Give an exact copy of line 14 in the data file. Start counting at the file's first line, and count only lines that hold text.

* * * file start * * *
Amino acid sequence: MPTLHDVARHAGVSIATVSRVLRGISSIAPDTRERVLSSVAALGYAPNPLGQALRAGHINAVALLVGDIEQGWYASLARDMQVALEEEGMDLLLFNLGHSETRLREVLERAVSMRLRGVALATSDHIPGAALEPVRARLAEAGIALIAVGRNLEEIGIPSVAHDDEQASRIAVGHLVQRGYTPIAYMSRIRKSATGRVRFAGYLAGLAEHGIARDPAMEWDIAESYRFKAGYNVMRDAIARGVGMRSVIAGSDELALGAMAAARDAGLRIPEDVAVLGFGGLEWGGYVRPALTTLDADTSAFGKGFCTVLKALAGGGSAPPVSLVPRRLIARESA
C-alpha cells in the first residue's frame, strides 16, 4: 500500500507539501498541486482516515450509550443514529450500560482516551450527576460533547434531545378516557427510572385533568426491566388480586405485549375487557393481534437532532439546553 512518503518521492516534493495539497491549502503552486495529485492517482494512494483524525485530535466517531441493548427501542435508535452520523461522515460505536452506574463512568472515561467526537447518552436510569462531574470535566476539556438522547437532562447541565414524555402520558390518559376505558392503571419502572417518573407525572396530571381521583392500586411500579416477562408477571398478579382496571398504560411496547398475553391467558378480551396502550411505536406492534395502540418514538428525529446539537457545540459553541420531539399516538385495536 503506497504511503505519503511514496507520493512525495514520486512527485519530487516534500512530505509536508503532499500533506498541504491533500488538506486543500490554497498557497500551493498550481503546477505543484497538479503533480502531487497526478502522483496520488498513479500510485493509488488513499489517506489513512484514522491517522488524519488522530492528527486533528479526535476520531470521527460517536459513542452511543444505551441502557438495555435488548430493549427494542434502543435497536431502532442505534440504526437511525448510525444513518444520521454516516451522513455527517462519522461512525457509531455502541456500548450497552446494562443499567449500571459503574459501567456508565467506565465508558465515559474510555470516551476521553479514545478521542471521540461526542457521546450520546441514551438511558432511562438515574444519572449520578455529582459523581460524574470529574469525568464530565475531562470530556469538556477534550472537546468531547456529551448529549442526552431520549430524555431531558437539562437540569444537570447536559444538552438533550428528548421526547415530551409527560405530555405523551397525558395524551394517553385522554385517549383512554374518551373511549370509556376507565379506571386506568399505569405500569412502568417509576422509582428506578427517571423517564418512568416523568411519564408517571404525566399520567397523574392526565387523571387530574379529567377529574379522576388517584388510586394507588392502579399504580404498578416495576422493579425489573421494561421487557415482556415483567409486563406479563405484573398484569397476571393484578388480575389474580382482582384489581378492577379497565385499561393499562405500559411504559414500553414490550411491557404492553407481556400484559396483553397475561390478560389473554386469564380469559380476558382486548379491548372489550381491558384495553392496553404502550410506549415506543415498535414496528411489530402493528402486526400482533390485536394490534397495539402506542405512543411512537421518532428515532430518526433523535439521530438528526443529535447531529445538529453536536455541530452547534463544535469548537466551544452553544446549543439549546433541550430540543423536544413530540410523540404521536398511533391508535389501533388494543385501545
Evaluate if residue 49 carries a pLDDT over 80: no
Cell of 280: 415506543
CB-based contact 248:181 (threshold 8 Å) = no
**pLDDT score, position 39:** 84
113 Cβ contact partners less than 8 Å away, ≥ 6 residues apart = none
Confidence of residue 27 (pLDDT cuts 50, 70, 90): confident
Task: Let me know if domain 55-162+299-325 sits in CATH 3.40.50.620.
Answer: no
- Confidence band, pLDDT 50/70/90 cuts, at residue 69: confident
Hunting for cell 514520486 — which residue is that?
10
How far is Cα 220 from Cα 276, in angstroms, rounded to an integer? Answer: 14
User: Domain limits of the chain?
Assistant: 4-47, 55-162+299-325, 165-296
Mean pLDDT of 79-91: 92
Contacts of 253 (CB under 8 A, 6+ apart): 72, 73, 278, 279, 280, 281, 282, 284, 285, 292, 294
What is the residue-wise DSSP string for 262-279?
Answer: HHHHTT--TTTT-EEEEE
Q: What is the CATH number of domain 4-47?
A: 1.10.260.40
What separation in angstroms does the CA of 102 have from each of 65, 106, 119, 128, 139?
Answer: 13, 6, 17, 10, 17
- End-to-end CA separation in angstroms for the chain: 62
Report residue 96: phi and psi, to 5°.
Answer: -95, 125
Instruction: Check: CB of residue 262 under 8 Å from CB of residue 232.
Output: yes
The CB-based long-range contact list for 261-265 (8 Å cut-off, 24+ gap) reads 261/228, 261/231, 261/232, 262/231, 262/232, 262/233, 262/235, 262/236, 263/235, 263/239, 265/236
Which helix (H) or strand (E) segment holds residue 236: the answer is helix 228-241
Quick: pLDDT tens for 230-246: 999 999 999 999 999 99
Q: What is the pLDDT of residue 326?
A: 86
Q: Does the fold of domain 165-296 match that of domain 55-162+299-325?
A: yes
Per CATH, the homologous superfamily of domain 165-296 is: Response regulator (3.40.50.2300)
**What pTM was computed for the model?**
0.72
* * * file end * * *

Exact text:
How far is Cα 220 from Cα 276, in angstroms, rounded to an integer? Answer: 14